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3d Gauss fitting

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```Hi ppl
I have a 100 x 100 data which is in the form of a gaussian distribution.The data has too much noise and I want to fit a 3d gaussian to the data. I have the surface fitting tool box but it says that x,y,z dimensions should be same. But my data is like x=1x100 y=1x100 and z is 100x100. Any help would be highly appreciated.
```
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See related articles to this posting

```Try the following

[X,Y] = meshgrid(x,y)

X = X(:)
Y = Y(:)
Z = z(:)

"Aishwarya " <icemails@yahoo.co.in> wrote in message
news:hdv3dg\$8in\$1@fred.mathworks.com...
> Hi ppl
> I have a 100 x 100 data which is in the form of a gaussian
> distribution.The data has too much noise and I want to fit a 3d gaussian
> to the data. I have the surface fitting tool box but it says that x,y,z
> dimensions should be same. But my data is like x=1x100 y=1x100 and z is
> 100x100. Any help would be highly appreciated.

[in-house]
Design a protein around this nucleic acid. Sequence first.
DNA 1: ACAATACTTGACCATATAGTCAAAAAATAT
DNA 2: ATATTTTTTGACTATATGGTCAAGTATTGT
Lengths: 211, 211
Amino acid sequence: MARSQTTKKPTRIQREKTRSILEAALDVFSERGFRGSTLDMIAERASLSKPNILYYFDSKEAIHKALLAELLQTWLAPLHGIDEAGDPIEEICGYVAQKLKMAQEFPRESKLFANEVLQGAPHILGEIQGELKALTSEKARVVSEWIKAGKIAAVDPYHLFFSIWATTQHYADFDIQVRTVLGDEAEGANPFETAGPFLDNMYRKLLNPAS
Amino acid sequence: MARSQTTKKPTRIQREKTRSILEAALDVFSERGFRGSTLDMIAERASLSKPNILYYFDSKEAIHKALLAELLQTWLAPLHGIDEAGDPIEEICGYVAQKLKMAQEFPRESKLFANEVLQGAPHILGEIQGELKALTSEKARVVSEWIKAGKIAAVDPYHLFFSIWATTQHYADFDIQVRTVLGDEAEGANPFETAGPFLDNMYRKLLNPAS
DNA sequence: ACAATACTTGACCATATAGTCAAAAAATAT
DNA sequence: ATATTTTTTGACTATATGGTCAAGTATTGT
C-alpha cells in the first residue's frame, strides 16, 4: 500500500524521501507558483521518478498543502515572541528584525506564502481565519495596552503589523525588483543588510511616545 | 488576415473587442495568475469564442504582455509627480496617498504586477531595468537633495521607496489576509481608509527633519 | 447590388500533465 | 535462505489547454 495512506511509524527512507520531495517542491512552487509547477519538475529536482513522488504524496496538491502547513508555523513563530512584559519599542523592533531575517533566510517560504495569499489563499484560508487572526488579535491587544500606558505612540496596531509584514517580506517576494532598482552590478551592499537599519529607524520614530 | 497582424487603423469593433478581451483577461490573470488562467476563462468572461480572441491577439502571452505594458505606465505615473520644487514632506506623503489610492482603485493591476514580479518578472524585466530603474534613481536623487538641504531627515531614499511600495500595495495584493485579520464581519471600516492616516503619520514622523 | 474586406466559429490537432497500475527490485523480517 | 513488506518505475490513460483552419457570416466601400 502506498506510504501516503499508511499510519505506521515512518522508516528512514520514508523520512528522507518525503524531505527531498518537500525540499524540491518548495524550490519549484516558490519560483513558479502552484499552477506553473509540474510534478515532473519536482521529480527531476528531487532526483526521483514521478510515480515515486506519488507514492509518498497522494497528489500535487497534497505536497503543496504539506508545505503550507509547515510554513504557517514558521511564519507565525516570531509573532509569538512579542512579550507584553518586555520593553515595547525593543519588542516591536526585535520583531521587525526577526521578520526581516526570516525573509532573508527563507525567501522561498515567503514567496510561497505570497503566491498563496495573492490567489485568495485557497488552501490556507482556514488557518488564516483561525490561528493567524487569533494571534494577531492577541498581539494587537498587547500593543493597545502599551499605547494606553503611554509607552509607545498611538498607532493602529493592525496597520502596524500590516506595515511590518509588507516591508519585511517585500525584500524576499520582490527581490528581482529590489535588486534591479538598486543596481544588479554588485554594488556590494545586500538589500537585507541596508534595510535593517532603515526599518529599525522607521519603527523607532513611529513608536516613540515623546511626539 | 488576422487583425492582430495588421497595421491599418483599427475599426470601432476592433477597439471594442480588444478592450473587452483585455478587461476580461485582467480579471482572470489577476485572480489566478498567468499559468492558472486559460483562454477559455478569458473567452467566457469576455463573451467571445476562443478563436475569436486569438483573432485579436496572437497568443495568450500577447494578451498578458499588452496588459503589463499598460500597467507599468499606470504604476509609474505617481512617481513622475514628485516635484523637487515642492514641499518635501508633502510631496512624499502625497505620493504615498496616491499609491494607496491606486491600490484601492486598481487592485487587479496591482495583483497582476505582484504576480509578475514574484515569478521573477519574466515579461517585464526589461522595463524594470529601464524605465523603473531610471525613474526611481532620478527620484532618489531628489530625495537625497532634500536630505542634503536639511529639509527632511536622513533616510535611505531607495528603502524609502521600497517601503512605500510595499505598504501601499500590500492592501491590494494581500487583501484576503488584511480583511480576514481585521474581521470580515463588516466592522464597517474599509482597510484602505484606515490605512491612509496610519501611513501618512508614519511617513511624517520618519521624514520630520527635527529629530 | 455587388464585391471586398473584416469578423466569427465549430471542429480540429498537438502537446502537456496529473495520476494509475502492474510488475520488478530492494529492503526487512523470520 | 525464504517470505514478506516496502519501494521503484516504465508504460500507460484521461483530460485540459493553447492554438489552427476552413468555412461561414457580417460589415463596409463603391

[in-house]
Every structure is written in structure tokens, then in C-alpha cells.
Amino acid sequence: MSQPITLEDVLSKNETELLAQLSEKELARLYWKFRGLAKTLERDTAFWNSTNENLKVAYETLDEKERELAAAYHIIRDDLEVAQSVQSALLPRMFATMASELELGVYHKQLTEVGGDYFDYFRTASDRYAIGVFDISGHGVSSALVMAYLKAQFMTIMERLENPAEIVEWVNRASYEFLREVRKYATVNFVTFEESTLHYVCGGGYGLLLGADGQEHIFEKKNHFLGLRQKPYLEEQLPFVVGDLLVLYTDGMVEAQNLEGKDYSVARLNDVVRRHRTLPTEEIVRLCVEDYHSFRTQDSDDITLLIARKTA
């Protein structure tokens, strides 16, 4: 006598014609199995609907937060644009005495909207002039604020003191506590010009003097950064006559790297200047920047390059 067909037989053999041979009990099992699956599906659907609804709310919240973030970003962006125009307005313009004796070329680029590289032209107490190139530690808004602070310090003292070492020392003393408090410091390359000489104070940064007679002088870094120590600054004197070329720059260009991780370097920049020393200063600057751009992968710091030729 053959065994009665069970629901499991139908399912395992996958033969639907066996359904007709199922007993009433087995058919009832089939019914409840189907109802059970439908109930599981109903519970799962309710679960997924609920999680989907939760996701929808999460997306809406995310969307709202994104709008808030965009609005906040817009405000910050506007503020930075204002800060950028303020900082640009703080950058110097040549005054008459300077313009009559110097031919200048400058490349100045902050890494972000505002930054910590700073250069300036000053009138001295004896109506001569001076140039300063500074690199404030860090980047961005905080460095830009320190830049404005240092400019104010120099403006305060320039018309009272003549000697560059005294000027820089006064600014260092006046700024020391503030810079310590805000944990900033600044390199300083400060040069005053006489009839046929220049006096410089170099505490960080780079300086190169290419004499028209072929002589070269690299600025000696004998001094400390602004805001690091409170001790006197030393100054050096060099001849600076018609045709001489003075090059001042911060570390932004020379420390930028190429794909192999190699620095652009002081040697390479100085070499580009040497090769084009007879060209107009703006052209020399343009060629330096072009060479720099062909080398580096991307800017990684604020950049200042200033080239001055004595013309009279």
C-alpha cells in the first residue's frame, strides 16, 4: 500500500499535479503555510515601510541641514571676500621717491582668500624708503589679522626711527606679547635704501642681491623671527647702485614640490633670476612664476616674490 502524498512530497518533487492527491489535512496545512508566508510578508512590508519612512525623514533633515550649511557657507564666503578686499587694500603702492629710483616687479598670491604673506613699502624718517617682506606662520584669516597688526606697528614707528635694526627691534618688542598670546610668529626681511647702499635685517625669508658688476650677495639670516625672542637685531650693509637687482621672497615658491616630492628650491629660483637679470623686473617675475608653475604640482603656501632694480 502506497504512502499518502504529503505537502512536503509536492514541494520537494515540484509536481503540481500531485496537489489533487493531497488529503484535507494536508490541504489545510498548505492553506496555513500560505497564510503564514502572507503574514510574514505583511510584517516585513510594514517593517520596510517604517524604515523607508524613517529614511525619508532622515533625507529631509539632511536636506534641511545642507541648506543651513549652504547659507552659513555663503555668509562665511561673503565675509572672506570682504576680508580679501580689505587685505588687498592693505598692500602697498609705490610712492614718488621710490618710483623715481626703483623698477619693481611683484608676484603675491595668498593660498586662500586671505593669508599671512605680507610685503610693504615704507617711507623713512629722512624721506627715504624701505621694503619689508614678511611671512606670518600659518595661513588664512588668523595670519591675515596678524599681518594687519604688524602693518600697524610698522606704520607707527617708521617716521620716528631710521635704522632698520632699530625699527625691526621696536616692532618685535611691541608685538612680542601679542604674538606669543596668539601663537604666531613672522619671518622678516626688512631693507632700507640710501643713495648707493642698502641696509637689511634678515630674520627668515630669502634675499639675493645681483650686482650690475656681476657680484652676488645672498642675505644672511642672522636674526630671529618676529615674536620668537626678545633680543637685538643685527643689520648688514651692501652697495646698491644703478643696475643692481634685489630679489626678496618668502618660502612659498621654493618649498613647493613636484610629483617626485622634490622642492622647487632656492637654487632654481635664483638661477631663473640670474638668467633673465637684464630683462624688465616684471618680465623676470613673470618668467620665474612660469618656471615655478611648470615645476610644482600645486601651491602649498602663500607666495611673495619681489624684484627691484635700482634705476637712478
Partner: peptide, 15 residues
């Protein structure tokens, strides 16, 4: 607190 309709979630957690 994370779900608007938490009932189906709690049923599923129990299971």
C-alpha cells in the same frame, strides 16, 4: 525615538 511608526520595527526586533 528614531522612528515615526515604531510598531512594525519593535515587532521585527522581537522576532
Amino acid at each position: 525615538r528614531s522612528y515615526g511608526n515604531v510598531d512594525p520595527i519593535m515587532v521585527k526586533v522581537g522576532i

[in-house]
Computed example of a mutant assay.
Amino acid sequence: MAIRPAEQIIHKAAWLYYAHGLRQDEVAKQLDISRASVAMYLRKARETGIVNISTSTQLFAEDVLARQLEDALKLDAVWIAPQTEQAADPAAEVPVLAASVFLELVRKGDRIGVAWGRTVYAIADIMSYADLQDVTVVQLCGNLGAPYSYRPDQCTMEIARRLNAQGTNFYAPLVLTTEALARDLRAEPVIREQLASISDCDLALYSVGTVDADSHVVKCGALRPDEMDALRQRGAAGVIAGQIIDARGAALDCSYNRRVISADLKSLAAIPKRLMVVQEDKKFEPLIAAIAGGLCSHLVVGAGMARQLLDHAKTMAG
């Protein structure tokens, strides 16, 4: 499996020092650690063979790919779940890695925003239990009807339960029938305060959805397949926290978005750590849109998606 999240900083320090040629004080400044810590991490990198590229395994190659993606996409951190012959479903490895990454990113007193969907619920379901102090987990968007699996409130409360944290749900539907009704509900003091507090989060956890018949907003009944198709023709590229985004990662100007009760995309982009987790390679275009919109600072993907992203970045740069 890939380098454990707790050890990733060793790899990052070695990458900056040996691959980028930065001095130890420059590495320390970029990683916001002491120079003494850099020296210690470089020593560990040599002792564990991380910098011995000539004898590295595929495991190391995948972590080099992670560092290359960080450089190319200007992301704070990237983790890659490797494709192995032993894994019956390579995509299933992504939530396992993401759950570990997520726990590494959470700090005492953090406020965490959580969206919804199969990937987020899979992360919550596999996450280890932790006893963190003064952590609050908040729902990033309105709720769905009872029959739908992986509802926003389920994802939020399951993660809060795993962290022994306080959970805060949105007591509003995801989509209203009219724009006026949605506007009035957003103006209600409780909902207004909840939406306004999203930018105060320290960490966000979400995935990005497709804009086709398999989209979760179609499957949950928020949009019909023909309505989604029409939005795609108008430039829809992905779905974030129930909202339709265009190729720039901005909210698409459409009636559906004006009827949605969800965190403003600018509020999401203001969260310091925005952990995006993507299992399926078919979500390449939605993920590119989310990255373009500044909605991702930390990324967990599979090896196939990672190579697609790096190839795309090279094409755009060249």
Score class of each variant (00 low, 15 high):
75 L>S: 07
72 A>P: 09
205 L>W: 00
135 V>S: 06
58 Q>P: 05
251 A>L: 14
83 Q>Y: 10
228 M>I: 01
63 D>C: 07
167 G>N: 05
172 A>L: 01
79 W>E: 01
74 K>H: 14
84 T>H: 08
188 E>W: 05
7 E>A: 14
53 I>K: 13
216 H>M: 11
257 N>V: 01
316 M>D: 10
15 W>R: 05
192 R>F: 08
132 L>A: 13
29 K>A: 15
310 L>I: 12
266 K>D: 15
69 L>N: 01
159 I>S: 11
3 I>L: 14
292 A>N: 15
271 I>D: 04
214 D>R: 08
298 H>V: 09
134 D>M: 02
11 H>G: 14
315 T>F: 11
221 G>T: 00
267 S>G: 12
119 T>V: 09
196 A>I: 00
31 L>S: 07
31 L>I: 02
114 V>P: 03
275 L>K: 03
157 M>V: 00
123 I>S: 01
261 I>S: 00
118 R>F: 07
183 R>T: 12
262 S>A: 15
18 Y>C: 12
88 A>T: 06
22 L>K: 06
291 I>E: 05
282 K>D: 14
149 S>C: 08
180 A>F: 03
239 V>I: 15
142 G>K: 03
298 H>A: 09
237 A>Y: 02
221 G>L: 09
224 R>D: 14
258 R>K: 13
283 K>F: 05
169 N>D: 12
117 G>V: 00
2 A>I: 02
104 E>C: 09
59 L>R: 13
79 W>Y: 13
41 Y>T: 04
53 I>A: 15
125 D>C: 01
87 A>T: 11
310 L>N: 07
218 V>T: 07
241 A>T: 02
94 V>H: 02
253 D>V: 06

```
 0

```On Nov 17, 4:09=A0pm, "Aishwarya " <icema...@yahoo.co.in> wrote:
> Hi ppl
> I have a 100 x 100 data which is in the form of a gaussian distribution.T=
he data has too much noise and I want to fit a 3d gaussian to the data. I h=
ave the surface fitting tool box but it says that x,y,z dimensions should b=
e same. But my data is like x=3D1x100 y=3D1x100 and z is 100x100. Any help =
would be highly appreciated.

--------------------------------
How is this 3D data?  You have two independent variables, x and y, and
a value - this makes it a 2D function.  Repeat: a 2D function.

What is your z variable?  Some kind of image?  It's a 2D array of
100x100 but what is it?
```
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```Ya.It is a 2d function as in z is a function of x and y.

I did not get that question reg z
```
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```On Nov 18, 1:48=A0am, "Aishwarya " <icema...@yahoo.co.in> wrote:
> Ya.It is a 2d function as in z is a function of x and y.
>
> I did not get that question reg z

--------------------------------------------------
Maybe there's a built in function but you can do it the regular,
normal manual way where
xMean =3D sum(x *z) / sum(z)
yMean =3D sum(y * z) / sum(z)
and the standard deviations are the usual formulas
xStd =3D sqrt( mean(x^2 - xMean))
etc.
Of course you have to scan every pixel in the array to calculate these
values.
```
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```Hi,
I tried the following code in MATLAB 2009b :
clc;
clear all;
[X,Y] = meshgrid(1:100,1:100);
% x=1:1:100;
% y=1:1:100;
x=X(:);
y=Y(:);
xdata = {x,y};
fid = fopen('S3D6.bin','r+');
size(A);
%figure,imagesc(A)
fid = fopen('D6S3.bin','r+');
size(B);
%figure,imagesc(B)
C=A.*B;
size(C);
D= reshape(C,100,100,100);